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Recognized Social Butterfly


Fully Vaccinated and Loving it

Now that I can walk around the block without wearing my Covid-19 prevention mask, I am grateful for the newfound benefits: I can now effortlessly breathe, and I can walk freely in the midst of a few people, whether they are masked or not. And if someone is not masked, I can actually see his or her face. Ah, normality is such a boon.

I have always had a low-pitched, unassuming voice. To make myself heard while wearing a mask, I would have to emphatically raise my voice, and even then, people had trouble deciphering what I was saying. So I rarely bothered to address anyone I met on my walks. But without a mask, I am liberated. What a pleasure it is to be able to clearly communicate, whether it is just a pleasant hello or a more detailed conversation.

Yesterday, I realized how much I enjoyed engaging with people during my walk. Ahead of me, I saw a youngster embracing a coconut tree while a young woman photographed her. Both of them were unmasked and from their carefree facial expressions, I could tell how much they were delighted to have this moment together.  As I slowly passed by, I exuberantly exclaimed: “Tree huggers of the world, unite!”

I’m not sure if the woman got the Marxist allusion, but she glanced at me, broadly grinned, and chuckled appreciatively. And the youngster hugged the tree with even more enthusiasm.

We three strangers added triumphant good cheer to one another. In the aftermath of Covid-19, every such encounter is a well-deserved blessing.



Last week when I was having lunch at the Elks Club in Waikiki, I marveled that the ocean view was not just picturesque: it was exquisite.

The waves (normally rough this time of year) caressed the embankments along the shore, gently stirring the nearby rainbow tinted outrigger canoes.  A cream-colored balloon ever so slightly drifted high above the horizon.  A few bright red and blue sailboats glided across the expanse. Behind them was a gaily bedecked cruise ship that inched toward the harbor. A glistening jumbo jet was silhouetted directly overhead. In its wake, a black helicopter silently rotated. Long white streamers of wispy clouds nestled in the cobalt sky. A solitary grey drone hovered almost motionlessly along the shore.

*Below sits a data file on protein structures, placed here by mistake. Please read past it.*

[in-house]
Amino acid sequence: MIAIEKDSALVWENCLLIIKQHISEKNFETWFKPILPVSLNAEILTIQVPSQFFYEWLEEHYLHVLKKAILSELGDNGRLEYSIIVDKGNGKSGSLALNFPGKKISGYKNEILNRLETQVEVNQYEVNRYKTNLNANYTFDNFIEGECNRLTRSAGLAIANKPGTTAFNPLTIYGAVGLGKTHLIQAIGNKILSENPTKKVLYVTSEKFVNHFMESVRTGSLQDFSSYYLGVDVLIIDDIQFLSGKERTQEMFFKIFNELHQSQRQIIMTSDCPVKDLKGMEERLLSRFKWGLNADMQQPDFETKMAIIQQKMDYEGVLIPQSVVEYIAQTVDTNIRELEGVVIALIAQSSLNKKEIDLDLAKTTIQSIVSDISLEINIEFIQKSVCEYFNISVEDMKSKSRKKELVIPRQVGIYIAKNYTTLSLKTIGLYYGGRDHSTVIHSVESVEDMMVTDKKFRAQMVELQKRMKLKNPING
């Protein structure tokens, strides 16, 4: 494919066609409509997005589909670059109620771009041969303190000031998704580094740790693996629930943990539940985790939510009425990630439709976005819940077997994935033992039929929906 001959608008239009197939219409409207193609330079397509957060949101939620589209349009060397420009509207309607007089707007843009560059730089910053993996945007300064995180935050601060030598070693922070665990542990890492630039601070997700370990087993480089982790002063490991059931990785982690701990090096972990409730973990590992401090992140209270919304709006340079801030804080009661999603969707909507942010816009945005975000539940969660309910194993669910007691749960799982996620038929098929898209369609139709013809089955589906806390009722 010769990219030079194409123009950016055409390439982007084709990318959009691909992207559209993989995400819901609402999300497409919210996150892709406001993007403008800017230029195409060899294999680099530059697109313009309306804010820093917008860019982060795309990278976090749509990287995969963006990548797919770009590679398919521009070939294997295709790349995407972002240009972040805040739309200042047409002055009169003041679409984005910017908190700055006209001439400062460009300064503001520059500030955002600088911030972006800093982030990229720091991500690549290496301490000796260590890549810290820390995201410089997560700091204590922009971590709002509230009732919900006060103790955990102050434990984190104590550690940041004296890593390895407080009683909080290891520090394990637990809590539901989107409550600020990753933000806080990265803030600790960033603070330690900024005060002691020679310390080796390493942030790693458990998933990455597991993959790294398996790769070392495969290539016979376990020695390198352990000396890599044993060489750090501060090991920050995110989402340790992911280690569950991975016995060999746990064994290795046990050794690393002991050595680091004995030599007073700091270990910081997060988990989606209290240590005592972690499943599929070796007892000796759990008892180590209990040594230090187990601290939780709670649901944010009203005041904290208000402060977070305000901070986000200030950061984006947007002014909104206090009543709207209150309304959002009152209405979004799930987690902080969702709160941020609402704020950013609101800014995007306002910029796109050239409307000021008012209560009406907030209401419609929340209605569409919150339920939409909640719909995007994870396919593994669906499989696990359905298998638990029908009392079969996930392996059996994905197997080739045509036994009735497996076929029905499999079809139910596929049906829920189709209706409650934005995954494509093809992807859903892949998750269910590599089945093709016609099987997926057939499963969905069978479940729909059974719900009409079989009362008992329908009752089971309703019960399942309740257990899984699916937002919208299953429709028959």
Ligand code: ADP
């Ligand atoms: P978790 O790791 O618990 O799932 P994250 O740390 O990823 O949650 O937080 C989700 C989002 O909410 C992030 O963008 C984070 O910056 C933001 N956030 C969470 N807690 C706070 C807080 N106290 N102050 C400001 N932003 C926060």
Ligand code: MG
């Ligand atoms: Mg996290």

Fortunately, there were no distractions at the Elks Club to interfere with this entrancing tableau, a sublime moment that I will without a doubt recollect in Wordsworthian tranquility.


A Laying on of Hands

The other day, my wife and I took our adopted 98-year-old Mum to Buzz’s, a restaurant in Kailua, a coastal town not far from Waikiki. Across from us, an animated woman my age with a pronounced accent was conversing with a group of people. My wife wanted to know where she was from, so I decided to find out.

After I discretely interrupted the gathering, I commented that the woman had a delightful accent. She resoundingly said that she was visiting from Italy; she was a Neopolitan.  She then asked me if I was from Israel: my mask had Israel embossed on it. I told her that I had twice gone there, I was Jewish, and that I was originally from Boston. She replied that her niece’s prospective husband was Jewish too; he lived in Brooklyn. She rightly added that these two cities (coincidentally beginning with the same letter) had a prominent Jewish population. After we exchanged a few more pleasantries, mostly about Hawaiian hospitality, I went back to my table and related to my wife what had transpired.

However, that wasn’t the end of my encounter with the engaging woman. As I was leaving the men’s room later on, I bumped into her as she was going to the ladies’ room, another coincidence. I politely said goodbye to her in Italian, arrivederci. Then without warning, she affectionately placed her hands over mine. A bit misty-eyed, she said that I should have a wonderful Father’s Day and a good life.

I wasn’t expecting such an emotional farewell. Quickly recovering from my surprise, I heartfully thanked her for her good wishes. Before I could respond any further, she released her hands from mine and hurried to the ladies’ room.

Living in Hawaii, I often experience the kindness of strangers, whether natives or tourists from thousands of miles away. Long live the Aloha spirit!

I felt a momentary kinship with the lady from Italy. My mother-in-law also was from Naples, and I have nothing but fond memories of her unconditional love for me. Long live Italia!

Regular Social Butterfly

Please remember there are some who cannot vaccinate and, unfortunately, some who may not be truthful; congrats on vac! But remember fellow humans; perhaps just wait a bit? 

Phil Harris, actor and showman, to John Fogerty of CCR: “If I’d known I’d live this long, I’d have taken better care of myself.”
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